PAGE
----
With so many colours going on with these guys already I wanted to keep all other spot colours very muted. Once you get above three or four principle colours you are getting dangerously close to gaudy and visually noisy. All you can do to keep the miniature focused is to boost certain colours and mute others in the hopes that you keep the whole job unified. I think these guys are pretty much there.

That's all folks! I know August has been a smidge quiet here on the ol' PVP but that's largely due to the rest of my life packing everything about six months of stuff to do into the eighth month. August has been proper busy... and isn't done yet. I'll be back to mostly normal in September but hey, at least August has had some updates right?


Friday, 7 August 2015

Great big whacking tanks

Hi folks, as promised, the KV-1 is finished and is a whacking great slab of green!

Yep, this is the same KV-1 (KV stands for Kliment Voroshilov, the defence commissar at the time of its commissioning) that was the focus of a workbench article about brass etch back in... wow... March. The KV series was designed to be a siege tank and it's armour and gun did indeed come as something of a nasty surprise to the Germans who found that it was just plain immune to anything but their biggest weapons. The problem came when these slow lumbering tanks were compared to the T-34 - so far beyond its time that it ought to have come with a TARDIS - and found somewhat wanting. The up-gunned variants of the T-34 (the T-34-85 - hah, just used shortcut keys to do that, ctrl+K and then ctrl+V, KV, gave me a chuckle) could hit as hard, move faster, presented less of a silhouette and be made quicker and cheaper. Soviet tactical doctrine was never going to ignore the value of having two of something in favour of one survivable something and so the poor KV-1's days were shorter than would have been in other armies.

I've already waxed so lyrical about this kit in the build log that you could make a singing candle but if you will indulge me just once more: Wow, seriously, if you have any interest in WW2 gaming do yourself a favour and join Maisey, Emma and I in choosing 1:48 as your vehicle scale of choice. The scale "feel" is better with the chunky 28mm lads and oh god. The kits. There is no contest between a 1:48 multimedia plastic kit designed for armour modellers - and in the case of HobbyBoss often a reduced version of their hyper detailed 1:35 kits - and the 1:56 resin and "wargamer grade" plastic kits you can get. No contest. I will say that if you are the sort to see your models as nothing but wound counters then stick with the 1:56's they'll go together fast and get you on the table. But if like me you love a bit of armour modelling... no contest, and the range grows all the time.

There's a real problem - well two, but I'll get to that - with WW2 painting, especially Soviet, and blogging: There are only so many ways you can say "Well, I painted the whole thing green. Yup, that's about it". So I shall mostly let the pictures do the talking and assume if you are curious about painting methodology you'll check out the T-34-85 and T-70 articles. Literally nothing is different here save less scratches and dings and subtler dust. The KV-1 simply doesn't go fast enough to cover itself too badly in filth. What's that? The second problem? Oh, painting WW2 troops with any fidelity leaves them rather drab in photos. Sure you can push the contrasts and get a better photo but then you end up with cartoons. There's a reason that high contrast is "studio style" and fetishised by some online, it makes for better photographs. However, painting for realism is my great enjoyment so sometimes I just have to eat the fact that the photos won't be great.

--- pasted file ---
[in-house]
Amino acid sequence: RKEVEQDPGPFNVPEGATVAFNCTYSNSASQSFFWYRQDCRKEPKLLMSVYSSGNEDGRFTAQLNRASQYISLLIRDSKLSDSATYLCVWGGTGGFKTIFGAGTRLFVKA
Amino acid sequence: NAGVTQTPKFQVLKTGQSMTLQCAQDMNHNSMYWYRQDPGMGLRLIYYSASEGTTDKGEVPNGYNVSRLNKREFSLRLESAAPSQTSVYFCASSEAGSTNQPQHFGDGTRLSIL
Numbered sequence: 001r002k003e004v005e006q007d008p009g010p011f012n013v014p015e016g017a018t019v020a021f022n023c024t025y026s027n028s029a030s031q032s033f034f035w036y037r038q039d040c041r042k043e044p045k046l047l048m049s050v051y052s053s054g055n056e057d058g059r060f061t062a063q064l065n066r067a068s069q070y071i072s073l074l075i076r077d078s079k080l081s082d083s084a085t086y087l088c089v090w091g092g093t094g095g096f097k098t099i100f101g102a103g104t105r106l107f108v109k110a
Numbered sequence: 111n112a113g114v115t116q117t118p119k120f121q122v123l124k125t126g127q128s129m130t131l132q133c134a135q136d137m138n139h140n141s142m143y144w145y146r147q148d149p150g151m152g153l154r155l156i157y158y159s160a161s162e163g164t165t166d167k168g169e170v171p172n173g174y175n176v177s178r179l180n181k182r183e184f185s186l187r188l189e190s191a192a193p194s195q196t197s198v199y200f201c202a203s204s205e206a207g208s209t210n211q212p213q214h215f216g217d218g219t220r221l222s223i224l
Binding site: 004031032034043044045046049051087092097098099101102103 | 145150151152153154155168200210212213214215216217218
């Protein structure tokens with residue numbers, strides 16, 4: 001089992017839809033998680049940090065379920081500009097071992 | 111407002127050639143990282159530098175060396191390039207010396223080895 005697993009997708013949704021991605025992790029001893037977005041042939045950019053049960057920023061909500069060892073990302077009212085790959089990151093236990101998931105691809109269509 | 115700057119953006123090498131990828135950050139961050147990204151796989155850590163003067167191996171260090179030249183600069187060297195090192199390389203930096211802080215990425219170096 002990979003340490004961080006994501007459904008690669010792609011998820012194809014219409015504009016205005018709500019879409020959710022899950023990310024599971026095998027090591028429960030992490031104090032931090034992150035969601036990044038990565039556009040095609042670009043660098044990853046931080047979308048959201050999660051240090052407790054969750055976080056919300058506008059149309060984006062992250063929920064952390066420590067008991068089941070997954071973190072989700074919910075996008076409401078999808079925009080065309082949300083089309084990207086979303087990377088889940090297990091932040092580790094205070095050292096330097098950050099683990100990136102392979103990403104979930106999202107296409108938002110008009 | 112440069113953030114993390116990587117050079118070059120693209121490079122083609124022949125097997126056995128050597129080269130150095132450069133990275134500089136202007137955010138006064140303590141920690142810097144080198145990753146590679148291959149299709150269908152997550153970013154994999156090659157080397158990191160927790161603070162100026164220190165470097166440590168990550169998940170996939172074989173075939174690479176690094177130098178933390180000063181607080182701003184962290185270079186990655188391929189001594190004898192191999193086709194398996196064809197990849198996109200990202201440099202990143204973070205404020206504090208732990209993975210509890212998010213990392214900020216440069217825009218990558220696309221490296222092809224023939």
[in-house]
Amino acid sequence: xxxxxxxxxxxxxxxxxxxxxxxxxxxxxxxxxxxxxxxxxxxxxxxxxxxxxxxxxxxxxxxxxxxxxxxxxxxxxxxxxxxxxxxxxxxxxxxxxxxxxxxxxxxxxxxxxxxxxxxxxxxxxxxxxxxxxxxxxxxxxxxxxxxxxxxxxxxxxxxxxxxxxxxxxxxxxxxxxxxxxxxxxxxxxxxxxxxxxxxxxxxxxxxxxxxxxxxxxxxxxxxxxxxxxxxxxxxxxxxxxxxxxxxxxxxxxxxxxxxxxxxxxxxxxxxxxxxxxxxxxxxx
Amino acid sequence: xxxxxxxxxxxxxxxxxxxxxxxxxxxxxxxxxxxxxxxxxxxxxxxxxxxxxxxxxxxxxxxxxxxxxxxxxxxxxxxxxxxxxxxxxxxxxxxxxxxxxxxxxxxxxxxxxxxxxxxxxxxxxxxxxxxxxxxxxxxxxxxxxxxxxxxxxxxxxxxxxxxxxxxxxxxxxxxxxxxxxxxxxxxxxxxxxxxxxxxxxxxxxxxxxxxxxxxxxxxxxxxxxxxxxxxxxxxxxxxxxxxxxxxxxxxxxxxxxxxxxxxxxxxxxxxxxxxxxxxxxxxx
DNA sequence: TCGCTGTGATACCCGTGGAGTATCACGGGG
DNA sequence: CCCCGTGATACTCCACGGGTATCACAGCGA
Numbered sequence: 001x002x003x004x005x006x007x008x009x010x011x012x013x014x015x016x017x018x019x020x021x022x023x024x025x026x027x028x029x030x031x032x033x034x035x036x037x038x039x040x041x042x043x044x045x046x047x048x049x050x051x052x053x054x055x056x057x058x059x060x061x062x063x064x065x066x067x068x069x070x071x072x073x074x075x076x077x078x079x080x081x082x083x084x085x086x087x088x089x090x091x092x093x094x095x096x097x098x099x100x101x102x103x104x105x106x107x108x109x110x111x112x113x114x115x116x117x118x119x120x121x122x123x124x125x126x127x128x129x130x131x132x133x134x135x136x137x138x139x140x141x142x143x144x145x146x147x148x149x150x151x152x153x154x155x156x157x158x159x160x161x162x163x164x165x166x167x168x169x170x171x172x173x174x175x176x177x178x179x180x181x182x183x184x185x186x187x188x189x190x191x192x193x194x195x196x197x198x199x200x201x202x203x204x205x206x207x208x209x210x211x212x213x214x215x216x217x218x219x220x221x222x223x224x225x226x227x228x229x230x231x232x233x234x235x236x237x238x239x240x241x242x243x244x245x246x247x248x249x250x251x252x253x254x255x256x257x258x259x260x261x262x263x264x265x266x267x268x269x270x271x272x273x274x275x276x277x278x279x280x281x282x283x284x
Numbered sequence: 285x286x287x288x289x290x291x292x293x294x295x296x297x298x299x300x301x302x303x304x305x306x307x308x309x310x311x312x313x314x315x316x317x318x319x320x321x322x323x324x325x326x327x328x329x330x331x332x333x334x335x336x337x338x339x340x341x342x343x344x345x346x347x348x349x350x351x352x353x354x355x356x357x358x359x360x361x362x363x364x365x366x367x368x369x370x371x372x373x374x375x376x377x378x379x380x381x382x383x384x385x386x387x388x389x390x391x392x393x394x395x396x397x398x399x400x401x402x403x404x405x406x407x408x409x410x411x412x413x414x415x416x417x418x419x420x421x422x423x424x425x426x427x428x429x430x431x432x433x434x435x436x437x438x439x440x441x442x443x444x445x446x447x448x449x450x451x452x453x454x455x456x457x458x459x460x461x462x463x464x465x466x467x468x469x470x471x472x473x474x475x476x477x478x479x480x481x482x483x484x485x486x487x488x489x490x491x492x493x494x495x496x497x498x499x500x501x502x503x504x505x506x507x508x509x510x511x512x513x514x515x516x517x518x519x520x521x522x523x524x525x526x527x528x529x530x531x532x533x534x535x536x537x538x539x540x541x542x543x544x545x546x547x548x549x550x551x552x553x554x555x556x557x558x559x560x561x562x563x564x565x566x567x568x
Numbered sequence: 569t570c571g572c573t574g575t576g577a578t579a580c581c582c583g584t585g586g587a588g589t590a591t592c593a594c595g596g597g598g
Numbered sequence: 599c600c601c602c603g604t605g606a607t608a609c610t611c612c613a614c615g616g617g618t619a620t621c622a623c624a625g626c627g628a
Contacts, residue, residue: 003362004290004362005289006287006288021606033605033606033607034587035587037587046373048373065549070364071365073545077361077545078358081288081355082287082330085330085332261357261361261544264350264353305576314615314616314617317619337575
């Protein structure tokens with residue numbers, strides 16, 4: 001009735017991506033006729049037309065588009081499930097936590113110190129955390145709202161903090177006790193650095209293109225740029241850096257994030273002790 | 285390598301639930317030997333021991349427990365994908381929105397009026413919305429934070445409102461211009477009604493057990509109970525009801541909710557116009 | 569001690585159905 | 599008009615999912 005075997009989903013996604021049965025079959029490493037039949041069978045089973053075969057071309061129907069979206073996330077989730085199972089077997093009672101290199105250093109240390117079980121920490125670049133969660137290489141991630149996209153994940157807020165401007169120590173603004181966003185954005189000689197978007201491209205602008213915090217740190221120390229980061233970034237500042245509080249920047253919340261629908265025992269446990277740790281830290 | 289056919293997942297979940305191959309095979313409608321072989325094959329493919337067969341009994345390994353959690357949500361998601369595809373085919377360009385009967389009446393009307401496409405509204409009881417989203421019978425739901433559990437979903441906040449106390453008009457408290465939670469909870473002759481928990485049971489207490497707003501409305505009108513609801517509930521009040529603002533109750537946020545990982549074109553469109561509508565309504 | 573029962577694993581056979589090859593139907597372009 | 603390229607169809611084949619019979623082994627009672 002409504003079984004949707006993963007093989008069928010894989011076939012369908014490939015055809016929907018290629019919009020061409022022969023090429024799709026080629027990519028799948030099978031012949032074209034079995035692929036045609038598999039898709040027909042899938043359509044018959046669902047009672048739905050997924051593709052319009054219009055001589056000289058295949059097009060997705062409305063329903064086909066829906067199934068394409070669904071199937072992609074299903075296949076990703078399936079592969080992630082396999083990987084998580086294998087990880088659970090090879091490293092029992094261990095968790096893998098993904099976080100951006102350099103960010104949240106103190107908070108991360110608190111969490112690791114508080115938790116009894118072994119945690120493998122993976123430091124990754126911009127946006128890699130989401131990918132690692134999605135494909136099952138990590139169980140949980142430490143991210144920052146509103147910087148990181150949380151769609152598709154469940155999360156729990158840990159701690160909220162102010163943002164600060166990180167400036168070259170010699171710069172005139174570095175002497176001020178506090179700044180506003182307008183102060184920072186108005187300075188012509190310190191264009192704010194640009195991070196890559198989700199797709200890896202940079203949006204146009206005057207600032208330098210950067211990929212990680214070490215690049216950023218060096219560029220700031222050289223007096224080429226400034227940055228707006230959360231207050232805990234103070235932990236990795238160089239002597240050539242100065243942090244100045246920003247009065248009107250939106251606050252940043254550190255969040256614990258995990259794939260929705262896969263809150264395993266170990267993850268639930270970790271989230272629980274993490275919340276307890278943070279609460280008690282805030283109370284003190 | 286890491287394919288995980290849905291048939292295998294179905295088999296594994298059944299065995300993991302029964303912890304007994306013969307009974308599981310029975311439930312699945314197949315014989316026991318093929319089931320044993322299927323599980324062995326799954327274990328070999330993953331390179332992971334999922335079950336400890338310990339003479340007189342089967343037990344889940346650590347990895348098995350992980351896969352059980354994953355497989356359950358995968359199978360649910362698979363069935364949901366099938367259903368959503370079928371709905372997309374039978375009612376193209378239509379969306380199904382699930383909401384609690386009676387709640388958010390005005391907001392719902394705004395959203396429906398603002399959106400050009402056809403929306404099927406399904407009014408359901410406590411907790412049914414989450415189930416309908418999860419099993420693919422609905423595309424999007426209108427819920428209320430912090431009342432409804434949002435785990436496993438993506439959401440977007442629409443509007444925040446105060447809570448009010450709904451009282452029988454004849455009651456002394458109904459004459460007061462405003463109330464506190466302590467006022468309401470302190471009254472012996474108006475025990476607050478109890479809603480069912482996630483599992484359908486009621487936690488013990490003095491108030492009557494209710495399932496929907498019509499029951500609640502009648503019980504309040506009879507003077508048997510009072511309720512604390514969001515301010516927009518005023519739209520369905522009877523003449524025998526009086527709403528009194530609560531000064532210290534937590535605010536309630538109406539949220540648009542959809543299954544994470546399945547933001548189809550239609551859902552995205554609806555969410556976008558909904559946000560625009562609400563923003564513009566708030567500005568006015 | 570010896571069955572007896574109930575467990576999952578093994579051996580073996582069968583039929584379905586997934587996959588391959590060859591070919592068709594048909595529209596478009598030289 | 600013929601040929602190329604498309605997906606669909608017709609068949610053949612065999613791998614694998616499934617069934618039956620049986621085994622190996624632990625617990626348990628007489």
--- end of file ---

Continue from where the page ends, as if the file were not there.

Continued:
Just to show how big the KV-1 is I've assembled a little motor pool of my Sov armour along with happy Ivan the flag waving goon. The KV-1 makes even the T-34-85 look a bit compact and bijou, the T-70 looks like a toy! For those who are curious, these latest additions have swelled my Soviet ranks rather nicely and are now clocking in at well over a thousand points. While I won't be able to shake the Sov habit any time soon I think I need to start thinking about the next project. My problem is that I want to do too many, which to choose? Heer pioneers? Oh, but those Panzergrenadiers are really shiny... Commando raiders? But then there's the Sikh's in Burma who are an unusual project... or 8th army/Afrika Korps in the desert... you've always been fascinated by the Paras and Market Garden... but heck, there's Band of Brothers yanks too, if only they'd make plastics for either of those...

[indecision fades gently to black...]


Monday, 3 August 2015

For the Motherland!

Pozdravleniya tovarishchi! It's been a wee while but the Russians are here again on the ol' PVP blog. 

Just like last time I decided to batch paint the whole box - Warlord's Siberian Veterans - in one go. The paint jobs are simple enough that 20+ batches aren't such a trial. I've needed some more infantry for a while and the Siberian box had the advantage of including a medium machine gun and a nifty commissar with loud-hailer so seemed a no-brainer. Lets start with the least interesting unit first.